Functional magnetic resonance imaging (fMRI) is a technique used to obtain functional information by visualizing cortical activity. fMRI detects subtle alteration in blood flow in response to stimuli or actions. It is used in two broad ways:
- typically in presurgical patients
- aimed at localizing eloquent areas (e.g. speech, motor function)
- often cohort of patients (often normals)
- aimed at elucidating novel neural networks
- 1.5 T or higher field strength MRI
- excellent quality assurance
- appropriate software
- appropriate paradigms and ability to deliver visual and auditory stimuli and record motor response
- co-operative patients
Two testing designs are employed most commonly:
- block design
- event-related design
Block design uses repeated blocks of activity (paradigm) separated by blocks of inactivity or alternative activity. This is by far the most frequently used study design in clinical fMRI.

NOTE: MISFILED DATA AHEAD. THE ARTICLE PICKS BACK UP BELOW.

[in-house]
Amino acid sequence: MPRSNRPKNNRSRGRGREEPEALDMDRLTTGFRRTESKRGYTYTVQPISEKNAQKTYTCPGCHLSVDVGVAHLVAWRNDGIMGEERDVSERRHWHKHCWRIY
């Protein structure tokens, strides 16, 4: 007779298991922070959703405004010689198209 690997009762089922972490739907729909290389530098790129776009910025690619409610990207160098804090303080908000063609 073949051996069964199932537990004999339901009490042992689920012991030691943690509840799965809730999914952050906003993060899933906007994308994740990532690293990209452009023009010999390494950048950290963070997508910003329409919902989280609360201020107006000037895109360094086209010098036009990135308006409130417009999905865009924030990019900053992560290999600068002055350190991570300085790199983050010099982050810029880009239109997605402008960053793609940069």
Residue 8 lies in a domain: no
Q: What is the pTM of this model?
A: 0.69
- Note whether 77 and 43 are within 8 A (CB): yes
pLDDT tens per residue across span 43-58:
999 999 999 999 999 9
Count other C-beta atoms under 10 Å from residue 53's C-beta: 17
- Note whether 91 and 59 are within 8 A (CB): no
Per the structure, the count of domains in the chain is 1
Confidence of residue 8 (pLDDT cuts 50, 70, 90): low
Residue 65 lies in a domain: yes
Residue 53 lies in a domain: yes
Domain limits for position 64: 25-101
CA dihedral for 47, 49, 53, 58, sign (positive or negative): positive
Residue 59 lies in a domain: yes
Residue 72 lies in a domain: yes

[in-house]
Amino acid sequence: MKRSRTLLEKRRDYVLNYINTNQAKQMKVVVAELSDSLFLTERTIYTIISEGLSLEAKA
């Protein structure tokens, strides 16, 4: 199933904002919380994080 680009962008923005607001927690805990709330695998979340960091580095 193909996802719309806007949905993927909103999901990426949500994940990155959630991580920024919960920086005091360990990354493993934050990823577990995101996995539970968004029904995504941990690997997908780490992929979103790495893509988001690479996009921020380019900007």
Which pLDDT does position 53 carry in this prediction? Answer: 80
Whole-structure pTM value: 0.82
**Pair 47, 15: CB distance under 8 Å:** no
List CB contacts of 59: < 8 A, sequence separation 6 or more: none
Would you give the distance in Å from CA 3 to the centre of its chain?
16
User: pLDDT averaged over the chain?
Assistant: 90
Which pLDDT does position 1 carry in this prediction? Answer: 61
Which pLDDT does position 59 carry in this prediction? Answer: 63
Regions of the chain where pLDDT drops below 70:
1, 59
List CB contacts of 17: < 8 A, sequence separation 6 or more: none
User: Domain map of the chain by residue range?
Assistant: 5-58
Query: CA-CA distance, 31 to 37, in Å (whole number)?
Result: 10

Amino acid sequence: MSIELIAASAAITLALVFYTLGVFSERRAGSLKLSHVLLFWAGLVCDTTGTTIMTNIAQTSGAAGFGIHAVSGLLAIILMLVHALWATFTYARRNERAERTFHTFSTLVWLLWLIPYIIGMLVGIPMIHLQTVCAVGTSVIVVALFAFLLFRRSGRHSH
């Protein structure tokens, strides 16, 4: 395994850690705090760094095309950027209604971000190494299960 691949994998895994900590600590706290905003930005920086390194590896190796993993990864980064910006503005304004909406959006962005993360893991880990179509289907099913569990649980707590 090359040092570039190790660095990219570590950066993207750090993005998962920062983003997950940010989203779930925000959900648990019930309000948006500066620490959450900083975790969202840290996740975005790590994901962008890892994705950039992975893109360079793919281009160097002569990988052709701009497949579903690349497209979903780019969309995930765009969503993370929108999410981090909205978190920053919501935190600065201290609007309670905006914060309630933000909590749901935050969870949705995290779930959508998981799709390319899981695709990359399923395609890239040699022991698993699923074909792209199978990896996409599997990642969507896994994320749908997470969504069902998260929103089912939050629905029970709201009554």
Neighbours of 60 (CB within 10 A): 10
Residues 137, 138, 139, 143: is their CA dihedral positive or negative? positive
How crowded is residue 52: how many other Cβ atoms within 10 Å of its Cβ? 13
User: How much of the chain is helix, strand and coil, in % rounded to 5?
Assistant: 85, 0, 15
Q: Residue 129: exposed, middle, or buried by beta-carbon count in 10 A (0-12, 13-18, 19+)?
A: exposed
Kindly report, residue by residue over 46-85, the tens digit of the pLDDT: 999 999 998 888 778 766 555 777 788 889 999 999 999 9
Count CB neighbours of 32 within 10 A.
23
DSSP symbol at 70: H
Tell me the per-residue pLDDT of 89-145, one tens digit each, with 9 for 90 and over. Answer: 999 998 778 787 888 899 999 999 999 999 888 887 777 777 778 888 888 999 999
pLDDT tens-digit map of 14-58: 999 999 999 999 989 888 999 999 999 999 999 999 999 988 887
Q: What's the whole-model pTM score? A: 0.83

Event-related design involves individual events rather than blocks, and can be randomly distributed during the study.
The activity performed or stimulus received by the patient is termed a paradigm, and each is designed to elicit a specific cortical response. Numerous paradigms have been developed of various complexity. In the clinical setting four paradigms (with modifications according to the clinical situation) suffice for most indications.
- visual paradigm
- motor paradigm
- speech paradigm
- memory paradigm